On May 16, 2013, the Cabinet of Ministers of Ukraine submitted a draft law on ratification of a new Ukraine-Cyprus double tax treaty1 together with the related Protocol to the parliament.
Once Ukraine and Cyprus exchange notices on completion of ratification procedures, the new convention will enter into force. Its provisions will, however, only affect taxation of cross-border payments between the two countries starting fromthe 1st of January of the year following the year of its ratification. Thus, if both Ukraine and Cyprus ratify the new convention yet in 2013, it will apply starting from January 1, 2014.
The new convention was signed by Ukraine and Cyprus on November 8, 2012. According to the new treaty, dividends, interest and royalties will become taxable at increased rates of, respectively, 5%, 2% and 5/10%2. Nevertheless, the Ukrainian withholding tax on interest or royalty payments can potentially be set off against the Cypriot tax attributable to the respective types of such income. Capital gains of a Cypriot company derived fromdisposal of shares in a Ukrainian real estate company will continue to be exempt fromtaxation in Ukraine.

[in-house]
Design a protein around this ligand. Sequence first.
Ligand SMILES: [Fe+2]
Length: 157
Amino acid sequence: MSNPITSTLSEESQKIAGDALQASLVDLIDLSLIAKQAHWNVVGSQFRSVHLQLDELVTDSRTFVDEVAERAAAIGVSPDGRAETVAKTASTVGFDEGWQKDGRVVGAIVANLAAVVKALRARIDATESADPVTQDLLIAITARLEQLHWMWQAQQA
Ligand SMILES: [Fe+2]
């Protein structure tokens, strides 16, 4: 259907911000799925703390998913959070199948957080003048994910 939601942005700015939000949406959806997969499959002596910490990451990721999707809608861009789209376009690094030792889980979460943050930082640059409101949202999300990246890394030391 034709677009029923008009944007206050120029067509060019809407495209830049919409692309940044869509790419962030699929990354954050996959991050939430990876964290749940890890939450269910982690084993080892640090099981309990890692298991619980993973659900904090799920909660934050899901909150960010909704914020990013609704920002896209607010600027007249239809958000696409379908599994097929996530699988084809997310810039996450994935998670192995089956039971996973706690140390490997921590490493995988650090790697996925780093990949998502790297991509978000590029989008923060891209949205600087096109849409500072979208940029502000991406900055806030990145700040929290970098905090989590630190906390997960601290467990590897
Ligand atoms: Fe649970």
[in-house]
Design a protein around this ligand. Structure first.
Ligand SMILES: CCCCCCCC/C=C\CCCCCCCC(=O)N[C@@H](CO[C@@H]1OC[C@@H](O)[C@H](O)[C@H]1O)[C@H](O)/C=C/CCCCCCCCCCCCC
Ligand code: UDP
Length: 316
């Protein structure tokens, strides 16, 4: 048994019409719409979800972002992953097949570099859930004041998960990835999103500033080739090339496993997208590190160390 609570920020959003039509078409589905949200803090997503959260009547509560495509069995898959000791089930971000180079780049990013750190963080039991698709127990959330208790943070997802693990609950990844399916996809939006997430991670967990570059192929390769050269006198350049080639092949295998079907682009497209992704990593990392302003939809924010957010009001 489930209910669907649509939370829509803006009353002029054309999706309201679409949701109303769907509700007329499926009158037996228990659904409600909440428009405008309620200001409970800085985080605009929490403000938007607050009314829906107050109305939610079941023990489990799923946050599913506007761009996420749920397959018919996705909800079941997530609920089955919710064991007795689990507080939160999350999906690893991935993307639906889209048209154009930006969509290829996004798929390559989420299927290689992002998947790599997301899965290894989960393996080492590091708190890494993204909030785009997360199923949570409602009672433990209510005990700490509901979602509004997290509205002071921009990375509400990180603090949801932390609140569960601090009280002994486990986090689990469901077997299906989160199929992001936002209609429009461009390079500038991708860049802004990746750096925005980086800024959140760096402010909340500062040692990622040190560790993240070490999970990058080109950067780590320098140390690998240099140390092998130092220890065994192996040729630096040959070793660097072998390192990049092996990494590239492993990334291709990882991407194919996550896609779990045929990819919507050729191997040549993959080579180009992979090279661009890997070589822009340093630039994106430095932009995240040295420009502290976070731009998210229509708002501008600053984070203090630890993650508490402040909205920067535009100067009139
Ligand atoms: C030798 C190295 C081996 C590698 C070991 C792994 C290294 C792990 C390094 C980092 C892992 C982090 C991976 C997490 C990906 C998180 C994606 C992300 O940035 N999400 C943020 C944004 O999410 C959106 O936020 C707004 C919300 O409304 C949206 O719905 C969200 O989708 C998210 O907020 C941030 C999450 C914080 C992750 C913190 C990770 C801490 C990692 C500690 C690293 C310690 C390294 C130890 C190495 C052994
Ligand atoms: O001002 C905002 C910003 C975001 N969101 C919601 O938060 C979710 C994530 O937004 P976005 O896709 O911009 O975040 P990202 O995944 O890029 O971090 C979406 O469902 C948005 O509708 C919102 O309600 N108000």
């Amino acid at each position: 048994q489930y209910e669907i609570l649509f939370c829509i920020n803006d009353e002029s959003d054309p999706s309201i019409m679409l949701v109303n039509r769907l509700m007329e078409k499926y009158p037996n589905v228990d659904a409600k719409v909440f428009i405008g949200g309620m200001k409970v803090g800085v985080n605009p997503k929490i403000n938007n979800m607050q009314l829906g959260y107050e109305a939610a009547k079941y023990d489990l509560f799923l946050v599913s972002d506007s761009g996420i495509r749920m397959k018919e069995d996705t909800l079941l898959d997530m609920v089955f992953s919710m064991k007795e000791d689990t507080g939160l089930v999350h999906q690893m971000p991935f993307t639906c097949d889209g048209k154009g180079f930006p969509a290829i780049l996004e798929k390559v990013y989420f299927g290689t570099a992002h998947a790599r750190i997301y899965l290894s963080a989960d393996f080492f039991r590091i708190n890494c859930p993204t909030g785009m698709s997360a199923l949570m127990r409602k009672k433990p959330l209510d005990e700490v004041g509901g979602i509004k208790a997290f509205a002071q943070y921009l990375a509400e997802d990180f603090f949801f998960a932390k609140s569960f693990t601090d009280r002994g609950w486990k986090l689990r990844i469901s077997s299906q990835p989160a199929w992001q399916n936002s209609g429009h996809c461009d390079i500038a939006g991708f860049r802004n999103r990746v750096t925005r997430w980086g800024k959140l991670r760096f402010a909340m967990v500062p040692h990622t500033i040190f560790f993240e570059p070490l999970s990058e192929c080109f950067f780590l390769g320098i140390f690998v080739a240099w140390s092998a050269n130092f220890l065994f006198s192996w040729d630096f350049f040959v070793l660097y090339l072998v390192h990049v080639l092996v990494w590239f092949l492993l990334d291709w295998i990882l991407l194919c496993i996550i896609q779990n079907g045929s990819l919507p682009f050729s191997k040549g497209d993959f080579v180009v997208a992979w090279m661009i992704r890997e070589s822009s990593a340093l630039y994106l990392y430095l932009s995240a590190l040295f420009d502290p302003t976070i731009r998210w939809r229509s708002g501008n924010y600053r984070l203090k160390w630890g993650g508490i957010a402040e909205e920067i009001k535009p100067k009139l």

Unlike the currently effective USSR/Ukraine-Cyprus double tax treaty, the new treatymainly follows the OECD Model Convention. It introduces a beneficial ownership concept, associated enterprises definition, updates the permanent establishment definition and facilitates the exchange of information between the authorities of the two countries.
Even with the anticipated increase of withholding tax rates on income paid fromUkraine to Cyprus under the new treaty, such rates will, when the treaty takes effect, nonetheless be low and competitive with the rates under Ukraine's other double tax treaties. The overall tax regime of Cyprus remains attractive for investing in Ukraine and competitive as compared with other jurisdictions. It remains to be seen, however, whether recent changes in Cyprus will impact on its continued attractiveness as the country with the largest foreign investment in Ukraine.